Review Comparison: Nikon 35mm f/1.8 ED G vs 35mm f/2 AF-D

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So I forced myself to lug my D3S and 35mm 1.8 ED G this morning for some quick test snaps (I usually bring my mirrorless cameras for non-work shooting). My impressions so far is that the 35 1.8 ED G, is a good all-around performer with no glaring weaknesses, uniform sharpness, smooth'ish bokeh, retains the close focus of the previous D version and the AF is just darn quick. On the flip note, the lens is so all-around decent, it's a little boring! Sort of reminds me a Toyota Camry, smooth ride but not particularly exciting in any way. It's even boring to look at! lol

I'm still going to keep it though. I find this lens aimed as a lightweight alternative to the Sigma 35mm 1.4 Art. I can see hauling this lens around for events and portrait work paired with my 85 1.8 G. I'd easily get the D if none of what I pointed out is a necessity to your photography. The 35 D pros being price, smaller size, made in Japan (if that matters to anyone) and having an aperture ring for backwards compatibility (also great for adapting to mirrorless cameras for that every reason). Saying that the G is just a nice and refined lens. It's smaller than the 28 G and a bit bigger than the 50 1.8 G. A good 'tweener lens in the Nikon prime line up!

A couple samples on the 35 1.8 ED G:
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A size comparison between the G and D, with the D barrel fully extended:

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The 35 1.8 ED G mounted on my film Nikon N80 (my smallest FX camera :p):
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Thanks for taking the time to post all of these, Jonathan. Great shots. So when you say "I usually bring my mirrorless cameras for non-work shooting," I take that to mean you're a professional photographer? That actually makes me lean a little more toward the D lens, since I'm no pro and would probably be adequately served by the older lens. Plus I've had this idea (which I'm starting to realize is unrealistic) that my D610 plus small and light primes can be just as unobtrusive and stealthy as mirrorless setups.
 
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Thanks for taking the time to post all of these, Jonathan. Great shots. So when you say "I usually bring my mirrorless cameras for non-work shooting," I take that to mean you're a professional photographer? That actually makes me lean a little more toward the D lens, since I'm no pro and would probably be adequately served by the older lens. Plus I've had this idea (which I'm starting to realize is unrealistic) that my D610 plus small and light primes can be just as unobtrusive and stealthy as mirrorless setups.
I'd buy the D as new or a used one that's a newer factory run. I've had older D models that weren't as sharp wide open, but the one I have is pretty darn good at f/2 and it's a newer model.

Also I've owned the Sigma 35 1.4 Art, and that lens was just too heavy for me. I purchased the Sigma 50mm 1.4 Art instead, but that lens works better at it's FL and size for the way I shoot. I much prefer a lighter lens when it comes to the 35mm focal length.

Here are a couple samples with the 35 D and D3 I took awhile ago just for comparison sakes. The D800/10 will push the lens a bit harder, but I think on a D610 body, it should be okay:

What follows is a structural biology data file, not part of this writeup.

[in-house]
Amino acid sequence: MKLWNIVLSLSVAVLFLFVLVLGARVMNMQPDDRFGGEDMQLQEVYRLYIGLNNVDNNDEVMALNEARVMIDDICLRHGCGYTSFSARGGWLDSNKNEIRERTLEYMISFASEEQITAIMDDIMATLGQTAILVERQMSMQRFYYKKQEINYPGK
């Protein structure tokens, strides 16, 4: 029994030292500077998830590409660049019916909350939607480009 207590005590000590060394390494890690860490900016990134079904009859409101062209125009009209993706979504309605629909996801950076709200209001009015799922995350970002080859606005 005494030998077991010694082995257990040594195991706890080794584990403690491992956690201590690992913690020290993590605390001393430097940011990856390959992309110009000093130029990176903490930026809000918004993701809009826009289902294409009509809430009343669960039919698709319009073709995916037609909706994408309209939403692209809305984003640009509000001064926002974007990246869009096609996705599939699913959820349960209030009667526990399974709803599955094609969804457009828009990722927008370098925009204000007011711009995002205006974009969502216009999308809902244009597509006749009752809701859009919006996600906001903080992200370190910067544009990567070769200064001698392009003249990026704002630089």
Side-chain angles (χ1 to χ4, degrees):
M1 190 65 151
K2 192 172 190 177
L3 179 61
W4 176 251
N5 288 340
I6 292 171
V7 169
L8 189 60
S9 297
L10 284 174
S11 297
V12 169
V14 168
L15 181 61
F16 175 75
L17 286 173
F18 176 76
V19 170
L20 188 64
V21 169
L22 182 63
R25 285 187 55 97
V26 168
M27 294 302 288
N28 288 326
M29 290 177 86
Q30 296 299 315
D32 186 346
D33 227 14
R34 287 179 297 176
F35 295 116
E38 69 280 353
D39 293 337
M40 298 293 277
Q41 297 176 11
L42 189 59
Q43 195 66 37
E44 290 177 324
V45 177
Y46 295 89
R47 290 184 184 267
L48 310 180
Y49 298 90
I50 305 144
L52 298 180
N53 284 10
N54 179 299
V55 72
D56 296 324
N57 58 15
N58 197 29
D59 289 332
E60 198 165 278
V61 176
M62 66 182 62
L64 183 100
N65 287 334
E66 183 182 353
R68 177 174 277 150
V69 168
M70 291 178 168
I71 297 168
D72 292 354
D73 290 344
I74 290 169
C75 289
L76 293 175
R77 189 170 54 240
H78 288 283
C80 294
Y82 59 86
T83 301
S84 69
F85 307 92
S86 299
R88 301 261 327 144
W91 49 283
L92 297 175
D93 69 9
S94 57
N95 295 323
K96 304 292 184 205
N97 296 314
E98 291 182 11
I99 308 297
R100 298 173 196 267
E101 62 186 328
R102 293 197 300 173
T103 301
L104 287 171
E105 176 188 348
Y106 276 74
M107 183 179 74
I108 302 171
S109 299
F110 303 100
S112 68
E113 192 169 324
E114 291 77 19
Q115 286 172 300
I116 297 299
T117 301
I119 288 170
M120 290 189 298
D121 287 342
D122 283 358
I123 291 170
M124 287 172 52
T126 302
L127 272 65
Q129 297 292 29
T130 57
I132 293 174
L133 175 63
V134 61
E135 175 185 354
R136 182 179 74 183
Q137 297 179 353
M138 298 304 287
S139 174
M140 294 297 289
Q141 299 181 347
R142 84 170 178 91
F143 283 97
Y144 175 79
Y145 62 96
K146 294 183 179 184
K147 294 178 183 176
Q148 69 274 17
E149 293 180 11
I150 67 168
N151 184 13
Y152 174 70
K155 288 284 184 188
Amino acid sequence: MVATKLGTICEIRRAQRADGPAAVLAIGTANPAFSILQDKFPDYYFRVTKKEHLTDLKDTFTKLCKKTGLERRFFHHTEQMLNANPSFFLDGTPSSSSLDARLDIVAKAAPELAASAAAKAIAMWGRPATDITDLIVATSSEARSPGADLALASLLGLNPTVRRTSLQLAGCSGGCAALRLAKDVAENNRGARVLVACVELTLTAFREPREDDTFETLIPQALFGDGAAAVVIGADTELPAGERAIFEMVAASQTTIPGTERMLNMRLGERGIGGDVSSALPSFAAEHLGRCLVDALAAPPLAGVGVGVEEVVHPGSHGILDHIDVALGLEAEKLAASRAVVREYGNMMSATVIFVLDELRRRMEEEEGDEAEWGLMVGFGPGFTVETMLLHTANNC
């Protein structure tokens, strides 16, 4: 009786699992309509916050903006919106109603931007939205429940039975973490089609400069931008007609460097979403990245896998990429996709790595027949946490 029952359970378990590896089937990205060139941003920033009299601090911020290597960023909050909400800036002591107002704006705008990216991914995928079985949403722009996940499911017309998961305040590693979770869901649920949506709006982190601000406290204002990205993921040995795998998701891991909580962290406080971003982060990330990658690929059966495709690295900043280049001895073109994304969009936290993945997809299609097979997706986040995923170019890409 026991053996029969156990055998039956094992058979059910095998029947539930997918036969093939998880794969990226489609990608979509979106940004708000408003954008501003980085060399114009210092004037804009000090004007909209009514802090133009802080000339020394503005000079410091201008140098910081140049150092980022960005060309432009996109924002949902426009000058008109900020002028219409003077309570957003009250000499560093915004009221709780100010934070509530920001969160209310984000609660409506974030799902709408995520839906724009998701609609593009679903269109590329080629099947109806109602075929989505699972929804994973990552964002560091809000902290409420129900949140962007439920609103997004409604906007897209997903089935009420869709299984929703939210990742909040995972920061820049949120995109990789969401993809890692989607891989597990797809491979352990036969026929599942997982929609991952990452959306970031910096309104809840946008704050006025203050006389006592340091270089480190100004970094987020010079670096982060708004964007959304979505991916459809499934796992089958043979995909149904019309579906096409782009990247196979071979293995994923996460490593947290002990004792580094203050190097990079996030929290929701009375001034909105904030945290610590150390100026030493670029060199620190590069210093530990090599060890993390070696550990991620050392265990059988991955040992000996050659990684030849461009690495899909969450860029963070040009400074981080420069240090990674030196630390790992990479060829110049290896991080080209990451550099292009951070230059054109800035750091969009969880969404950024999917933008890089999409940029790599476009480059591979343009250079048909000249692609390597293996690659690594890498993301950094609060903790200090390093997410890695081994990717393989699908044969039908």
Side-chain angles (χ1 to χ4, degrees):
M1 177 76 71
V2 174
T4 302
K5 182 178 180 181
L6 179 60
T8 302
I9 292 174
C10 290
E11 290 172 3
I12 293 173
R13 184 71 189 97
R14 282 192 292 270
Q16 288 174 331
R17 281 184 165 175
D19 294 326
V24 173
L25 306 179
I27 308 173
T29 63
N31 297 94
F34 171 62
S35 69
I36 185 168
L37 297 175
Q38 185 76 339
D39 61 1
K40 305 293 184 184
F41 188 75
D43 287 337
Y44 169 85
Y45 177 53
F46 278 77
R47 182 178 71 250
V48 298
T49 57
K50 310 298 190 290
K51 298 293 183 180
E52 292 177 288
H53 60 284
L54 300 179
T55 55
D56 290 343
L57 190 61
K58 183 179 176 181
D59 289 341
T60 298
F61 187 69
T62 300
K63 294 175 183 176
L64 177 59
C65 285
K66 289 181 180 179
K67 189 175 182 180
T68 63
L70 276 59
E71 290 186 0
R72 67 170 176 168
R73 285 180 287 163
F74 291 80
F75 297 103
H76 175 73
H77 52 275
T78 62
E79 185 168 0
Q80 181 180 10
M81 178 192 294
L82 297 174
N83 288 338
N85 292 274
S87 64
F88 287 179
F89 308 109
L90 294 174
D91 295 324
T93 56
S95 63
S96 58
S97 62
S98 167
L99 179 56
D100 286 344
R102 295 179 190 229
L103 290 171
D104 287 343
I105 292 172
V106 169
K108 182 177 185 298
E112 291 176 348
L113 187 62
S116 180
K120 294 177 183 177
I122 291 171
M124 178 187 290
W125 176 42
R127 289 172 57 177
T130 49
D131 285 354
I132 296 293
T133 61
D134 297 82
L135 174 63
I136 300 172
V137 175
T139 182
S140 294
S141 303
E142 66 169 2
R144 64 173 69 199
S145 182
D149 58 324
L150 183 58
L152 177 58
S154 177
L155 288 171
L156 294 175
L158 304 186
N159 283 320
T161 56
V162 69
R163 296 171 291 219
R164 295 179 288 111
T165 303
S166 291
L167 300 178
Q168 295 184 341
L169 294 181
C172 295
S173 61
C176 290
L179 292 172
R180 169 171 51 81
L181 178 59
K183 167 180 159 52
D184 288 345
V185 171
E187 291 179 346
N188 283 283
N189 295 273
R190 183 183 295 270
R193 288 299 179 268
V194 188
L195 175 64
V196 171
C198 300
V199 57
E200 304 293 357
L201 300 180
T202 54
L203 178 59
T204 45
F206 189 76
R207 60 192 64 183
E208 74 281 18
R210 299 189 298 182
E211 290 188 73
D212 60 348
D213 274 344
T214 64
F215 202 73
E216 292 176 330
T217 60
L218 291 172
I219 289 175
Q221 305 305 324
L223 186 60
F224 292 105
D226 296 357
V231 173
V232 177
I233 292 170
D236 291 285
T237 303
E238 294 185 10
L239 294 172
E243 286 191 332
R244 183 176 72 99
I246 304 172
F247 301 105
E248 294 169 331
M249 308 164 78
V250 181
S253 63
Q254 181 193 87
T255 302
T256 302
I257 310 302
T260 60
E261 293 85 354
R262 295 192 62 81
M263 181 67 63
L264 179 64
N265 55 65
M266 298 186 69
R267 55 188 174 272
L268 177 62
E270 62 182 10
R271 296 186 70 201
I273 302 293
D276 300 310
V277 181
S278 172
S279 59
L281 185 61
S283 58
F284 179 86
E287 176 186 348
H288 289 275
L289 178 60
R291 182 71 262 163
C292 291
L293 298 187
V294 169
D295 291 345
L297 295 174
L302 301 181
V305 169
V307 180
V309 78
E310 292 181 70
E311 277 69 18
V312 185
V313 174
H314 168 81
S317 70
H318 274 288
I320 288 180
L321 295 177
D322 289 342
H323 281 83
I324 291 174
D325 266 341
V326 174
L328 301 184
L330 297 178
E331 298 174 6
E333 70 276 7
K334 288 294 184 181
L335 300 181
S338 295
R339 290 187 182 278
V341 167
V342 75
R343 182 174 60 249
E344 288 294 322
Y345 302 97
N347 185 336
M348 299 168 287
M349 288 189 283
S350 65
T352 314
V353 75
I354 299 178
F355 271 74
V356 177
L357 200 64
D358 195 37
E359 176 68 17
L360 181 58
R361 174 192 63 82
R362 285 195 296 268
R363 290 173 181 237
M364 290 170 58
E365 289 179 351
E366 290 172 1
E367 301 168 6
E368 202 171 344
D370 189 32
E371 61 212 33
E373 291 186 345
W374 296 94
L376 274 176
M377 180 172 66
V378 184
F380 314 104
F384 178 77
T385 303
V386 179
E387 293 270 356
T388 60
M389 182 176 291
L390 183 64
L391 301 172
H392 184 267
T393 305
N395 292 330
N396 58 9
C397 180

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A couple shots adapted to a Fuji X-E1 mirrorless camera body with focal reducer adapter:
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Wileec

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I don't have experience with these lenses, but the larger issue I did run into when trying older primes was much more CA when existing zooms and primes already in my toolbox showed none. This was for wider primes than the 35mm in this thread, but the CA issue is one I have heard of from a few sources, in general terms, with the older lenses. It may not be an issue with the 35mm, but like I said, it was definitely an issue with wider older primes that I considered.

My experience regarding center sharpness with softer corners mirrors what's been mentioned in the thread. For me, newer zooms and primes were as sharp, or sharper in the center, and definitely sharper overall.
 
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Nice shots Jonathan. I've had all three (35/1.8G, 35/2D, 35/1.4A) and honestly like them all, the 1.8G is probably the best considering all trade offs (size/weight, sharpness, etc). People complain a lot about the D but for what I use a 35mm prime for, I don't really care if it doesn't have sharp corners.
 
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Nice shots Jonathan. I've had all three (35/1.8G, 35/2D, 35/1.4A) and honestly like them all, the 1.8G is probably the best considering all trade offs (size/weight, sharpness, etc). People complain a lot about the D but for what I use a 35mm prime for, I don't really care if it doesn't have sharp corners.
I think I've spent more time convincing people the D version is still a viable option in this thread! :p For me I just want better focus tracking and corner performance without dealing with the weight of the Sigma 35 Art. The 35 1.8 G in my mind is the 'tweener lens between the D and the Art lens.
 
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Wileec

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It's my opinion that that is the nature of the current batch of Nikon f/1.8 lenses. They aren't quite the tool of the f/1.4 lenses, but in often have a bit better corner to corner capability and the $$, size and weight savings for 2/3 stop less separation makes them great tools.
 

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